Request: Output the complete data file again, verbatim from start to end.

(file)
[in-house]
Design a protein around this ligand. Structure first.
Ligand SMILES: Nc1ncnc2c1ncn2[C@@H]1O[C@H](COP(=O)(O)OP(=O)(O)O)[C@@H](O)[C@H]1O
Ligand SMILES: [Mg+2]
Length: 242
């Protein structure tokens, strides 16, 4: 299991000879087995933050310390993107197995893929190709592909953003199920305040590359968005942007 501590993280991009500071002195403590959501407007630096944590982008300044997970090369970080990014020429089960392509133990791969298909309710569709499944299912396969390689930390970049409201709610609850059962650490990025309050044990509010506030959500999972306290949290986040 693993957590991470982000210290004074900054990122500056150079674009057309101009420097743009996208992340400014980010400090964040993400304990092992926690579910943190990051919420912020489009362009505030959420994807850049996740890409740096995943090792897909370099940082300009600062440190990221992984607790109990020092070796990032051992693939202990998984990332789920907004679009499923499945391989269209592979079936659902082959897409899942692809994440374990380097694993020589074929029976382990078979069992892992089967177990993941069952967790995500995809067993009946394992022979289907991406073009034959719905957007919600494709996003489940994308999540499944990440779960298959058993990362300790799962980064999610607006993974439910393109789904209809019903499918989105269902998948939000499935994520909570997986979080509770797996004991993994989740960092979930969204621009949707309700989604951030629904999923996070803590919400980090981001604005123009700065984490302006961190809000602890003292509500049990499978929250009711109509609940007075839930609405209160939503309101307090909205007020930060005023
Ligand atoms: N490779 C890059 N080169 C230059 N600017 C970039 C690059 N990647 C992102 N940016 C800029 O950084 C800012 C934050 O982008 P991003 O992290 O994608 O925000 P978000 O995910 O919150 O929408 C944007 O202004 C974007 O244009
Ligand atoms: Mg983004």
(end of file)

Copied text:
[in-house]
Design a protein around this ligand. Structure first.
Ligand SMILES: Nc1ncnc2c1ncn2[C@@H]1O[C@H](COP(=O)(O)OP(=O)(O)O)[C@@H](O)[C@H]1O
Ligand SMILES: [Mg+2]
Length: 242
């Protein structure tokens, strides 16, 4: 299991000879087995933050310390993107197995893929190709592909953003199920305040590359968005942007 501590993280991009500071002195403590959501407007630096944590982008300044997970090369970080990014020429089960392509133990791969298909309710569709499944299912396969390689930390970049409201709610609850059962650490990025309050044990509010506030959500999972306290949290986040 693993957590991470982000210290004074900054990122500056150079674009057309101009420097743009996208992340400014980010400090964040993400304990092992926690579910943190990051919420912020489009362009505030959420994807850049996740890409740096995943090792897909370099940082300009600062440190990221992984607790109990020092070796990032051992693939202990998984990332789920907004679009499923499945391989269209592979079936659902082959897409899942692809994440374990380097694993020589074929029976382990078979069992892992089967177990993941069952967790995500995809067993009946394992022979289907991406073009034959719905957007919600494709996003489940994308999540499944990440779960298959058993990362300790799962980064999610607006993974439910393109789904209809019903499918989105269902998948939000499935994520909570997986979080509770797996004991993994989740960092979930969204621009949707309700989604951030629904999923996070803590919400980090981001604005123009700065984490302006961190809000602890003292509500049990499978929250009711109509609940007075839930609405209160939503309101307090909205007020930060005023
Ligand atoms: N490779 C890059 N080169 C230059 N600017 C970039 C690059 N990647 C992102 N940016 C800029 O950084 C800012 C934050 O982008 P991003 O992290 O994608 O925000 P978000 O995910 O919150 O929408 C944007 O202004 C974007 O244009
Ligand atoms: Mg983004």